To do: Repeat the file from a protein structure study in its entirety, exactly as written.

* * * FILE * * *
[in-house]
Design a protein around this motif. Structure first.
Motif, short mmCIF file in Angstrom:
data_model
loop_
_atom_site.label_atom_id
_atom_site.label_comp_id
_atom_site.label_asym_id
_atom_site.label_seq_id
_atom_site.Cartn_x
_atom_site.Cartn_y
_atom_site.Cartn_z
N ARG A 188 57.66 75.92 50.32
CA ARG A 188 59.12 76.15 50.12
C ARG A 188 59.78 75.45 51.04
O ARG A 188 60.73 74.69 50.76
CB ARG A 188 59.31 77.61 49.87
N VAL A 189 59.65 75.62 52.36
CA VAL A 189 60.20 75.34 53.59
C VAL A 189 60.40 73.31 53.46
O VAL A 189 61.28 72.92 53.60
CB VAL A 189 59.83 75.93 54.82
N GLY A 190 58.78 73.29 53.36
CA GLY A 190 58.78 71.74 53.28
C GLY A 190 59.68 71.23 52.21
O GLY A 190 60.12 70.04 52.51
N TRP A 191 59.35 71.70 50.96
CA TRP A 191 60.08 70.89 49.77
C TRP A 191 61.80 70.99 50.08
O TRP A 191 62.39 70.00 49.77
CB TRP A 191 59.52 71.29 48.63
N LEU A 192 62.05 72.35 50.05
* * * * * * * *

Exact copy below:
[in-house]
Design a protein around this motif. Structure first.
Motif, short mmCIF file in Angstrom:
data_model
loop_
_atom_site.label_atom_id
_atom_site.label_comp_id
_atom_site.label_asym_id
_atom_site.label_seq_id
_atom_site.Cartn_x
_atom_site.Cartn_y
_atom_site.Cartn_z
N ARG A 188 57.66 75.92 50.32
CA ARG A 188 59.12 76.15 50.12
C ARG A 188 59.78 75.45 51.04
O ARG A 188 60.73 74.69 50.76
CB ARG A 188 59.31 77.61 49.87
N VAL A 189 59.65 75.62 52.36
CA VAL A 189 60.20 75.34 53.59
C VAL A 189 60.40 73.31 53.46
O VAL A 189 61.28 72.92 53.60
CB VAL A 189 59.83 75.93 54.82
N GLY A 190 58.78 73.29 53.36
CA GLY A 190 58.78 71.74 53.28
C GLY A 190 59.68 71.23 52.21
O GLY A 190 60.12 70.04 52.51
N TRP A 191 59.35 71.70 50.96
CA TRP A 191 60.08 70.89 49.77
C TRP A 191 61.80 70.99 50.08
O TRP A 191 62.39 70.00 49.77
CB TRP A 191 59.52 71.29 48.63
N LEU A 192 62.05 72.35 50.05